A little further down in that discussion John Burton makes a comment[^] about them which makes me think they are used to describe a virtual function as we do in C++. However with your[^] comment they appear to implement the flavor of inheritance to a class. Both of which make some sense, however I would really like to read a full article where they are described in great detail. Thanks for the link though.
The goal of Computer Science is to build something that will last at least until we've finished building it. - Unknown
The problem is that C# is new enough that it is all a matter of opinion. To offer a single article (which I don't have, or I would do anyway) would be to offer only one person's opinion.
To my mind, neither viewpoint that you've picked out is strictly wrong, nor are they mutually exclusive. An interface is sort of like an abstract class for a language that otherwise doesn't allow multiple inheritance. So in a way, it is like offering a set of virtual functions.
The most useful purpose of this is to offer a flavour of inheritance to the class.
I do think it could be better though . What an interfaces article needs is a single practical example: this is an interface, these are two classes that might implement this interface. What this does is say: this is an interface, and this is how you use one that already exists, proving how difficult it is to find a practical use for interfaces (the StringList example is pointless).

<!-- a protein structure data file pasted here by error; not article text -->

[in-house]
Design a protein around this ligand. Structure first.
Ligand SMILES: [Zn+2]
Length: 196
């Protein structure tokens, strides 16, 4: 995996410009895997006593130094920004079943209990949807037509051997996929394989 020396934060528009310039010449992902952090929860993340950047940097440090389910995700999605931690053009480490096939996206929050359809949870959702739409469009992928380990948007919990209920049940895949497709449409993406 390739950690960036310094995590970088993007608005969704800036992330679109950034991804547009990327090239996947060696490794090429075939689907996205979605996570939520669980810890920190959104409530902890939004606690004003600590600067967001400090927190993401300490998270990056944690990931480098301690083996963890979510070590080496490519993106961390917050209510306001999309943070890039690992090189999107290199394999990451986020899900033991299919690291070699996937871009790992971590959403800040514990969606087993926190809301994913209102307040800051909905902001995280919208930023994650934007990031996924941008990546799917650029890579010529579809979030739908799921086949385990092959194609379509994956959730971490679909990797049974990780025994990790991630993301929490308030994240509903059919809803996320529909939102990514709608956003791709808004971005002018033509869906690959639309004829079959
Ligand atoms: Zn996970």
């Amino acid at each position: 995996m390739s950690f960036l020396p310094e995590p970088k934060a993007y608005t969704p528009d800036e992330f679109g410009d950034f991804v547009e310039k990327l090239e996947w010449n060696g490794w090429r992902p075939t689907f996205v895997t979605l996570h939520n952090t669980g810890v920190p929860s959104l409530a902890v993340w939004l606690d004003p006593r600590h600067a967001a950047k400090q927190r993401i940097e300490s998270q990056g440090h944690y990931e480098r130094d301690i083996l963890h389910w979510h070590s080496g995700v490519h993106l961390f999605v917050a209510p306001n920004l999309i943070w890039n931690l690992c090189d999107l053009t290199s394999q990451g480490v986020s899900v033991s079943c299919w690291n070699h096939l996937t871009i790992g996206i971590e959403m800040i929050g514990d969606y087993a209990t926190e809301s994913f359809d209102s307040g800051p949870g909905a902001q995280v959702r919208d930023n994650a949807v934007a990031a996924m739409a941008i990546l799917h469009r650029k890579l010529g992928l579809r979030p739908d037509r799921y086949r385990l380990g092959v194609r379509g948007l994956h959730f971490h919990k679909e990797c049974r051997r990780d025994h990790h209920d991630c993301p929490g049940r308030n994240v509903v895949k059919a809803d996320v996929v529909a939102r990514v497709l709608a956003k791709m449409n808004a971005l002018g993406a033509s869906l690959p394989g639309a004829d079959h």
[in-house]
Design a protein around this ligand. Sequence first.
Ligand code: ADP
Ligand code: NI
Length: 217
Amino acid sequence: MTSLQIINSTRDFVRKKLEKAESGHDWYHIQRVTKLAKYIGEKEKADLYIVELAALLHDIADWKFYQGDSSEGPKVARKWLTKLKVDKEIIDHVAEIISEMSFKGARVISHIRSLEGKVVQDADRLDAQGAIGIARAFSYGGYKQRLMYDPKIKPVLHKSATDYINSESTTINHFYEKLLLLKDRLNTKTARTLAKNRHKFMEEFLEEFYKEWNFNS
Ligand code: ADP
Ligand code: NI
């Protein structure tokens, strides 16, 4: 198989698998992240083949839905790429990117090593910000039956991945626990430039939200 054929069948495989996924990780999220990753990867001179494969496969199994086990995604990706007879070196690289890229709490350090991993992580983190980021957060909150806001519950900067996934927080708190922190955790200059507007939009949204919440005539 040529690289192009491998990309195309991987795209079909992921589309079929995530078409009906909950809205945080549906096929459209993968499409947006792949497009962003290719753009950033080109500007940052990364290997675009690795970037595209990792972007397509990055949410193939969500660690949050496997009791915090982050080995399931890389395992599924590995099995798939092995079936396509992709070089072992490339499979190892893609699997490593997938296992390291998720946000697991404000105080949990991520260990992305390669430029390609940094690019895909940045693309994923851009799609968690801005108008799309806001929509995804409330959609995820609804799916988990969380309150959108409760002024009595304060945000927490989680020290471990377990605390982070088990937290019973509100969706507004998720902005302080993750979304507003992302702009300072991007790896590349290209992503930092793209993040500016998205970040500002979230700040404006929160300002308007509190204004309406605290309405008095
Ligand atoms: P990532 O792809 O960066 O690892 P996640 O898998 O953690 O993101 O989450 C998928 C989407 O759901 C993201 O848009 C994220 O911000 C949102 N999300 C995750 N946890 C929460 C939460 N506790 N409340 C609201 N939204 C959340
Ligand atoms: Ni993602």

Just thinking aloud. I might be tempted to work on this when my workload calms down over the next few weeks and I get to finish the one I'm already working on.
Paul Riley wrote: By the way, can I ask [slightly off topic] - why did you choose to use get... methods, rather than read only properties?
Now for then even MORE off topic answer.
If a property has a ReadOnlyAttribute, the property will only be readonly to the designer, but it is still settable programatically, where only defining only a get property is never settable (pretty obvious)
Give them a chance! Do it for the kittens, dear God, the kittens!
As seen on MS File Transfer: Please enter an integer between 1 and 2.
I pocket a class in a dll.And the class implement a interface.
and then I load the dll with these code:
Assembly a = Assembly.Load("mydll");
Type t = a.GetType("mydll.myClass");
object obj = Activator.CreateInstance(t);
MyInterface Imyclass=(MyInterface)obj;//this line will cause runtime error;
The biggest problem is that when I use it as below,it can work.
import the dll to my project first.
MyInterface Imyclass=new myClass();
Are you fun me???Interface can not be create a instance.
Type t = t2.GetInterface("MyInterface");
MyInterface obj = (MyInterface) Activator.CreateInstance(t);
Absolutely these codes will make a exception;
Can you make a test before makeing your answer?
Is the interface compiled along with the assembly that you load? Interfaces have assembly identity, so both the assembly you'll load and the loader need to reference the interface in the same assembly.
There can also be version number issues. If the interface gets recompiled after you've built mydll, the versions won't match.
Thank you first,but the problem is still here.
I think it doesn't matter with the version.
I made a test like this.
First I build a interface(Imyclass) in a Imyclass.dll;
Reference it in the project of myclass which implemented the Imyclass and build a myclass.dll
And then,reference the Imyclass.dll to the project want to load myclass.dll at runtime.
and these codes will still create a exception(specified cast is not void);
Imyclass ImyCls =(Imyclass)Activator.CreateInstance(t);
In this case,the version of Imyclass.dll will same in each project,and the problem is still going on.
Some thing special is ,in myclass,I used some struct defined by myself for fuction parameters and return value.Is that the problem of system defult serialization???
lost my way
Last Visit: 31-Dec-99 18:00 Last Update: 1-Oct-23 22:11